We must not let fear become a way of life. We remember the words of Jesus: Love can cast out fear.
How is our deep and shameful inequality in America at play as the threat of the new coronavirus rises?
"First and foremost, we stand with the women today. Jean’s actions are inexcusable," Tina Bovermann, head of L’Arche USA, said.
I am asking God to help us stop the overt white nationalism and turn us in a new, redemptive direction.
The president's moral priorities are laid bare.
I was glad that I stayed home from the prayer breakfast — to pray on my own. Here is my prayer.
Lent. 2020. The upcoming liturgical season and this momentous political year. How do these two things connect?
Let me be clear: If most white Christians support or ignore the dangerous American brand of white nationalism we see rising again, we will lose the authenticity of our faith.
Revisiting 'Is This a Bonhoeffer Moment?'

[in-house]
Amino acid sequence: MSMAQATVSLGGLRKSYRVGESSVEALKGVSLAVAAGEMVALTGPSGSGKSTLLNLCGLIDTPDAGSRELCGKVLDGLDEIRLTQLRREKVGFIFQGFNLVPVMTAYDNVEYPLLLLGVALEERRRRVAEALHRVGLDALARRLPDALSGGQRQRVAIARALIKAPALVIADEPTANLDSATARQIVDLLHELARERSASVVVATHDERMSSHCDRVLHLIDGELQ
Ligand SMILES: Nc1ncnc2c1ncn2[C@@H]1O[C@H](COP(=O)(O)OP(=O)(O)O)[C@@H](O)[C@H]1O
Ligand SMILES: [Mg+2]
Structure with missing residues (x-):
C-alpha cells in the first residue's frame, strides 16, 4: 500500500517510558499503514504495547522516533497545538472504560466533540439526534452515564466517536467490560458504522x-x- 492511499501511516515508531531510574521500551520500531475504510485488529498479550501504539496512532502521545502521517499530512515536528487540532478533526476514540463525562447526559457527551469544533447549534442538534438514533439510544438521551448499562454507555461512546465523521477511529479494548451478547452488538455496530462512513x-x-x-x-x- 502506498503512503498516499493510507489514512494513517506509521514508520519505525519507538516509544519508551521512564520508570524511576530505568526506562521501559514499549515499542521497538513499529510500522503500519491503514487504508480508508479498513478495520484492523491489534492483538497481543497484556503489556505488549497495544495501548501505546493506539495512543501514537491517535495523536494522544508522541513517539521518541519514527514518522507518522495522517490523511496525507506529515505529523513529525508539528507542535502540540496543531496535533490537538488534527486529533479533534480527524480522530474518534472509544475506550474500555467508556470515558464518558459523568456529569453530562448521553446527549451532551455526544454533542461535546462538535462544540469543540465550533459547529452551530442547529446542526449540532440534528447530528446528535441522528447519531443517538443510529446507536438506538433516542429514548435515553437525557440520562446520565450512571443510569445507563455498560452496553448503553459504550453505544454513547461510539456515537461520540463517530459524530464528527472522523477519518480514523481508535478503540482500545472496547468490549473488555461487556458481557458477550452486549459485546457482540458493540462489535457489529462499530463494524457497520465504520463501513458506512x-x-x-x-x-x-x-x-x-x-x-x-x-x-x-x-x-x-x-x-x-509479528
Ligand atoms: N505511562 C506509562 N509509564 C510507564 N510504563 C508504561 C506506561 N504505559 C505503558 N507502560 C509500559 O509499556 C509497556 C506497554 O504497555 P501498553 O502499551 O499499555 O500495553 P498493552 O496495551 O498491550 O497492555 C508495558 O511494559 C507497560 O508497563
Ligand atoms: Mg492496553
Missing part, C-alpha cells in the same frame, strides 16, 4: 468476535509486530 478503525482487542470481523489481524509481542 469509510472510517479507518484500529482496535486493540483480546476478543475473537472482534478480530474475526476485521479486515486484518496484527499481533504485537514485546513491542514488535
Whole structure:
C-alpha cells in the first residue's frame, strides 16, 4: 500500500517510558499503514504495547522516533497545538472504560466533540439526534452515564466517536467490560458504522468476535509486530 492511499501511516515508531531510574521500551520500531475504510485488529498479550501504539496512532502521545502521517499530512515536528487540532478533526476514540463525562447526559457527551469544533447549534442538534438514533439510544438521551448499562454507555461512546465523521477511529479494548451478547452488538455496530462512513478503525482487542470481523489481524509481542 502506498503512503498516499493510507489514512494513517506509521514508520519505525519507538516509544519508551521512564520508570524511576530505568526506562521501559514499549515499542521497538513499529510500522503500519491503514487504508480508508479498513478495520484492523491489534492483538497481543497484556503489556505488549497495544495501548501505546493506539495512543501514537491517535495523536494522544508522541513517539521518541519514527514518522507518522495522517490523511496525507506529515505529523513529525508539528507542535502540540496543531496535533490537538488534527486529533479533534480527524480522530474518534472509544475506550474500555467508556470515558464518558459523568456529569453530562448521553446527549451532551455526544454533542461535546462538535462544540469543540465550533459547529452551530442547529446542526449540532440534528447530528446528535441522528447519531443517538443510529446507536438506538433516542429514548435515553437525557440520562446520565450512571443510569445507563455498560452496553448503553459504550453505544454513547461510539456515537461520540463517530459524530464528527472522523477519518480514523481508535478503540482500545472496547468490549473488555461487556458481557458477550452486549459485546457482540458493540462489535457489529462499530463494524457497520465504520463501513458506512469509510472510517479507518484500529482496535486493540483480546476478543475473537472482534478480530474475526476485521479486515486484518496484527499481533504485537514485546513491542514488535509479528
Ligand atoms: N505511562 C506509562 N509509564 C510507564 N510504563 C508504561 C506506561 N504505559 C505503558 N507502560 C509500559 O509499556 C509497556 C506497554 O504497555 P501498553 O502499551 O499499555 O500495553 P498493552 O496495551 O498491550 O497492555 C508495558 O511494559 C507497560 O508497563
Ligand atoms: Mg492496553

Frighteningly, there’s nothing to suggest that the whole cycle won’t repeat itself.
The words of Jesus must now be taken seriously, “Blessed are the peacemakers, for they shall be called the children of God.”
Our dedication as Christians is to never lose hope, even in the face of adversity.
It may be when the first significant cracks in the wall of Trump’s political support from white evangelicals really became visible.
For decades, our government has had a failure of imagination in addressing threats like terrorism in anything but military terms.
How do we wait for Christ this year, in this both liturgical and, yes, political season?
Does reconnecting with Jesus mean reclaiming a way of life or style of life that we can look for?
This is the final test.
Keeping the peace under an oppressive status quo and accepting things as they are isn’t truly peace.
The task for followers of Jesus is to respect the role of what government is supposed to be but make clear where our loyalties lie.